Evaluation is crucial in Information Retrieval. The Cranfield
paradigm allows reproducible system evaluation by fostering
the construction of standard and reusable benchmarks.
Each benchmark or test collection comprises a set of queries,
a collection of documents and a set of relevance judgements.
Relevance judgements are often done by humans and thus
expensive to obtain. Consequently, relevance judgements
are customarily incomplete. Only a subset of the collection,
the pool, is judged for relevance. In TREC-like campaigns,
the pool is formed by the top retrieved documents supplied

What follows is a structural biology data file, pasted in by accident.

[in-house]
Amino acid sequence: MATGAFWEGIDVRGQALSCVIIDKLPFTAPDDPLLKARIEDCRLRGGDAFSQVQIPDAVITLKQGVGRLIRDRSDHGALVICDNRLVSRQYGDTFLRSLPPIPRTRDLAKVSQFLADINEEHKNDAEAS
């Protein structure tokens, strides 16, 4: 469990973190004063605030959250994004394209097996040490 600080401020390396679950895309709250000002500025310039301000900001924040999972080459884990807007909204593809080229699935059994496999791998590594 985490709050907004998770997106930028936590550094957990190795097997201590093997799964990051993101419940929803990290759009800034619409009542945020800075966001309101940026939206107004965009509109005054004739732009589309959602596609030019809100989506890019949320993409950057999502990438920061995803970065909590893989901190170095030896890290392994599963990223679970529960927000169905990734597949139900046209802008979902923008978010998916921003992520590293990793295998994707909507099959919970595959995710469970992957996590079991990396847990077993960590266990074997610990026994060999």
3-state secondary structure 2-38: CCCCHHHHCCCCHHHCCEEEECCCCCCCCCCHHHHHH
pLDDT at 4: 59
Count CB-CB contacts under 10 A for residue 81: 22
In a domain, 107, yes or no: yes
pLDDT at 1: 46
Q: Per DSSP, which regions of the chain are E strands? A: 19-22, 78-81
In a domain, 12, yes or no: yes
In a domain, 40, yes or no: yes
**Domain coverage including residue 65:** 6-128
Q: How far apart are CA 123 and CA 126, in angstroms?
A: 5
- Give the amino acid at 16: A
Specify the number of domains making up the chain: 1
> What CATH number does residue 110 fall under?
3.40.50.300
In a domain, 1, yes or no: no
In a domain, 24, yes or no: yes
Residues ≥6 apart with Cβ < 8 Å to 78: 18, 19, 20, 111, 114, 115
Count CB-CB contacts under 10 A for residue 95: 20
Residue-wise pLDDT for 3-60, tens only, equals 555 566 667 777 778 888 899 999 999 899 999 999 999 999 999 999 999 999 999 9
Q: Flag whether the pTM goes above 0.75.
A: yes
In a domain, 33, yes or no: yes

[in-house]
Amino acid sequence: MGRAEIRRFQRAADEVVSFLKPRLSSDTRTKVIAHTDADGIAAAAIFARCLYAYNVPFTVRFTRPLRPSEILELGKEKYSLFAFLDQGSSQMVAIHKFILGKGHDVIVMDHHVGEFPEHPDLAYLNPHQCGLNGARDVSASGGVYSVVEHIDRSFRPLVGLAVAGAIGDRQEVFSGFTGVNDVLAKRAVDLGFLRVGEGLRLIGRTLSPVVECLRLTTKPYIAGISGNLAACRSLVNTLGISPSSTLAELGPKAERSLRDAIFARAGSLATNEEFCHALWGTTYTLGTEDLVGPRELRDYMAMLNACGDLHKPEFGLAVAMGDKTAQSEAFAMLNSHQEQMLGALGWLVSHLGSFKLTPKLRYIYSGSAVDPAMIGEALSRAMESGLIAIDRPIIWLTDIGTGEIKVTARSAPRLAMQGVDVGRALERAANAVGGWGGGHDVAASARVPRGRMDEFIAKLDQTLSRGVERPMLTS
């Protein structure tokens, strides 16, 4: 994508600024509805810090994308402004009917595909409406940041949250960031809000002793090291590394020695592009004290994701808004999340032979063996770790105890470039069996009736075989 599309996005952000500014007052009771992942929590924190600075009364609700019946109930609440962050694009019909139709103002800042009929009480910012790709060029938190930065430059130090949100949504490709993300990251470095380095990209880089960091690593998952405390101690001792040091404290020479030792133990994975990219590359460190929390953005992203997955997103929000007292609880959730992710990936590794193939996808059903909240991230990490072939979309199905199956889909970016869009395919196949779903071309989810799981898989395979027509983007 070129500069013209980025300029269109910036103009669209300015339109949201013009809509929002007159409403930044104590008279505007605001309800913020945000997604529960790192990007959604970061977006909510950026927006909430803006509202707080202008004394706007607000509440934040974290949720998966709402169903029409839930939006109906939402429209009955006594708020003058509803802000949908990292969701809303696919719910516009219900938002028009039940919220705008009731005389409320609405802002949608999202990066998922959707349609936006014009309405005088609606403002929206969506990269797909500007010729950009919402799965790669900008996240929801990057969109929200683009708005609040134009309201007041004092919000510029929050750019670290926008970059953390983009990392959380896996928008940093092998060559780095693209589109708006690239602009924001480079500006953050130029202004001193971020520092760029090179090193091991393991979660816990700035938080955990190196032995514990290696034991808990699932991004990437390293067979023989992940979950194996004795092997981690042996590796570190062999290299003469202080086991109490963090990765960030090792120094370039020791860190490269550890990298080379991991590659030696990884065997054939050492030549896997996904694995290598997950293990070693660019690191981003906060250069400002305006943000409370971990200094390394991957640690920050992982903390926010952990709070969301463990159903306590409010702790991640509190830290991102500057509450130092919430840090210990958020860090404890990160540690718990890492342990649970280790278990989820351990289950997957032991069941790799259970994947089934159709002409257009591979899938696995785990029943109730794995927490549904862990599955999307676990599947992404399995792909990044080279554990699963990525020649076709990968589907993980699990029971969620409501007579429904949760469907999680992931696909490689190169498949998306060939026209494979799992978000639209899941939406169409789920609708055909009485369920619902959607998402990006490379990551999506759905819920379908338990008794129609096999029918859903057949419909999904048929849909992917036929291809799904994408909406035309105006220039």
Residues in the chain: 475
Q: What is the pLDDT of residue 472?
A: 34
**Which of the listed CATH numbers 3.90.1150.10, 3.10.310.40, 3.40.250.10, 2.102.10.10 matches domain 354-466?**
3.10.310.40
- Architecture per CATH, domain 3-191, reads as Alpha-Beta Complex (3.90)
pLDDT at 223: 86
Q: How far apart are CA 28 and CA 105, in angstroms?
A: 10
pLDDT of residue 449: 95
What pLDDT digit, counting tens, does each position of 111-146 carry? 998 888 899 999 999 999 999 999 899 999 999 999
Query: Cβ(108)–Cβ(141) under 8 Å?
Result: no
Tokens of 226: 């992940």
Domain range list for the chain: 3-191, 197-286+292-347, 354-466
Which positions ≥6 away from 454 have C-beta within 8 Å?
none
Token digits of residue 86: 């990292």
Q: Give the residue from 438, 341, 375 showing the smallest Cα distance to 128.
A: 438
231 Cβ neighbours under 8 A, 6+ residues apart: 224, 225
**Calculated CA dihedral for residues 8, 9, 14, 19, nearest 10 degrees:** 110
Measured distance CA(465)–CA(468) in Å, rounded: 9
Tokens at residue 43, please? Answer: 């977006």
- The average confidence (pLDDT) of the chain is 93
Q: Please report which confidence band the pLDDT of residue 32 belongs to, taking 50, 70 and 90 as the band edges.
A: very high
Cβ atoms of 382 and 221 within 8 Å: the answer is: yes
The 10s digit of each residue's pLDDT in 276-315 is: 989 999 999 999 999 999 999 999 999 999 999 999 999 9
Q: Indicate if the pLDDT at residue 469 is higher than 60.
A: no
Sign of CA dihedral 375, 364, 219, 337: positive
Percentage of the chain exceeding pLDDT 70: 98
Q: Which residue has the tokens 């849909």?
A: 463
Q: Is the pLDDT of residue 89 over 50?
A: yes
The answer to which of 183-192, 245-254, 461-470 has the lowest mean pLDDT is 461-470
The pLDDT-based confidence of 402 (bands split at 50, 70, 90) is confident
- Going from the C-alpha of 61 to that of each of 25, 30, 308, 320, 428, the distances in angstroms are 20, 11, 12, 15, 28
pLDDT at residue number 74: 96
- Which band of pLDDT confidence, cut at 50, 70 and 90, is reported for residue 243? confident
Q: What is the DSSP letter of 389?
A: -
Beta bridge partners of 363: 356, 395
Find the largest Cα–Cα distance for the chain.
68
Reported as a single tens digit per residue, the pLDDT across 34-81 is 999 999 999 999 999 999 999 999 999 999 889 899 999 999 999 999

by systems participating in a certain evaluation task. With
multiple retrieval systems contributing to the pool, an exploration/exploitation
trade-off arises naturally. Exploiting
effective systems could find more relevant documents, but
exploring weaker systems might also be valuable for the
overall judgement process. In this paper, we cast document
judging as a multi-armed bandit problem. This formal modelling
leads to theoretically grounded adjudication strategies
that improve over the state of the art. We show that simple
instantiations of multi-armed bandit models are superior to
all previous adjudication strategies.
Keywords: Information Retrieval, Evaluation, Pooling, Reinforcement Learning, Multi-armed bandits